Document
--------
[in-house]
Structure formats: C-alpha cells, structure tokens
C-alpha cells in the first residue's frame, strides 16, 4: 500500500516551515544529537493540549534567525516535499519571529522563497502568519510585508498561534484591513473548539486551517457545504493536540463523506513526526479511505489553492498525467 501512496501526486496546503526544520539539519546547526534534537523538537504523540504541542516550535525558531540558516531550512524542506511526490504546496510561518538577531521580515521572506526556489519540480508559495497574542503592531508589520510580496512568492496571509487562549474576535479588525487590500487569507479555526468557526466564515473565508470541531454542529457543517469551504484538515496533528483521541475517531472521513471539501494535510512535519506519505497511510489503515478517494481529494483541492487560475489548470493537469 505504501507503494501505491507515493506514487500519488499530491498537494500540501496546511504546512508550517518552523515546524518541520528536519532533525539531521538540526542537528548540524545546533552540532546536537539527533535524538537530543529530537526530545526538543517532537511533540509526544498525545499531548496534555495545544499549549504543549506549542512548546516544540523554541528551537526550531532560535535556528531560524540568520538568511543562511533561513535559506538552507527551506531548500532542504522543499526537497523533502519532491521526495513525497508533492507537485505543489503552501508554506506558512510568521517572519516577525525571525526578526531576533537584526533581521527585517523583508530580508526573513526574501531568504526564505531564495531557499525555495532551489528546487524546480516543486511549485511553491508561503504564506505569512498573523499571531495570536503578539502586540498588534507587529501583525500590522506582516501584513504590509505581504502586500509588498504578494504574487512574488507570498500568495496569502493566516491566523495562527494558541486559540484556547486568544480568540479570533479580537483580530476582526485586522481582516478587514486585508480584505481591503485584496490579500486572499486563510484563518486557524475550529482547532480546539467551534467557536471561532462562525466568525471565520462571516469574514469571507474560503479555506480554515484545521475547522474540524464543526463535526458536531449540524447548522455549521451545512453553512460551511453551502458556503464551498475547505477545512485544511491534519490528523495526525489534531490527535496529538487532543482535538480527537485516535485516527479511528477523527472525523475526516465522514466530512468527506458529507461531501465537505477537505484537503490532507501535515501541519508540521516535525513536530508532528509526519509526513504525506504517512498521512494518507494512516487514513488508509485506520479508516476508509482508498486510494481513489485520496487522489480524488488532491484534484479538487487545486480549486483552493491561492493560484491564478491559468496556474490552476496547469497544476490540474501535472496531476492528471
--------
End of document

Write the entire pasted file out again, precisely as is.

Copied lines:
[in-house]
Structure formats: C-alpha cells, structure tokens
C-alpha cells in the first residue's frame, strides 16, 4: 500500500516551515544529537493540549534567525516535499519571529522563497502568519510585508498561534484591513473548539486551517457545504493536540463523506513526526479511505489553492498525467 501512496501526486496546503526544520539539519546547526534534537523538537504523540504541542516550535525558531540558516531550512524542506511526490504546496510561518538577531521580515521572506526556489519540480508559495497574542503592531508589520510580496512568492496571509487562549474576535479588525487590500487569507479555526468557526466564515473565508470541531454542529457543517469551504484538515496533528483521541475517531472521513471539501494535510512535519506519505497511510489503515478517494481529494483541492487560475489548470493537469 505504501507503494501505491507515493506514487500519488499530491498537494500540501496546511504546512508550517518552523515546524518541520528536519532533525539531521538540526542537528548540524545546533552540532546536537539527533535524538537530543529530537526530545526538543517532537511533540509526544498525545499531548496534555495545544499549549504543549506549542512548546516544540523554541528551537526550531532560535535556528531560524540568520538568511543562511533561513535559506538552507527551506531548500532542504522543499526537497523533502519532491521526495513525497508533492507537485505543489503552501508554506506558512510568521517572519516577525525571525526578526531576533537584526533581521527585517523583508530580508526573513526574501531568504526564505531564495531557499525555495532551489528546487524546480516543486511549485511553491508561503504564506505569512498573523499571531495570536503578539502586540498588534507587529501583525500590522506582516501584513504590509505581504502586500509588498504578494504574487512574488507570498500568495496569502493566516491566523495562527494558541486559540484556547486568544480568540479570533479580537483580530476582526485586522481582516478587514486585508480584505481591503485584496490579500486572499486563510484563518486557524475550529482547532480546539467551534467557536471561532462562525466568525471565520462571516469574514469571507474560503479555506480554515484545521475547522474540524464543526463535526458536531449540524447548522455549521451545512453553512460551511453551502458556503464551498475547505477545512485544511491534519490528523495526525489534531490527535496529538487532543482535538480527537485516535485516527479511528477523527472525523475526516465522514466530512468527506458529507461531501465537505477537505484537503490532507501535515501541519508540521516535525513536530508532528509526519509526513504525506504517512498521512494518507494512516487514513488508509485506520479508516476508509482508498486510494481513489485520496487522489480524488488532491484534484479538487487545486480549486483552493491561492493560484491564478491559468496556474490552476496547469497544476490540474501535472496531476492528471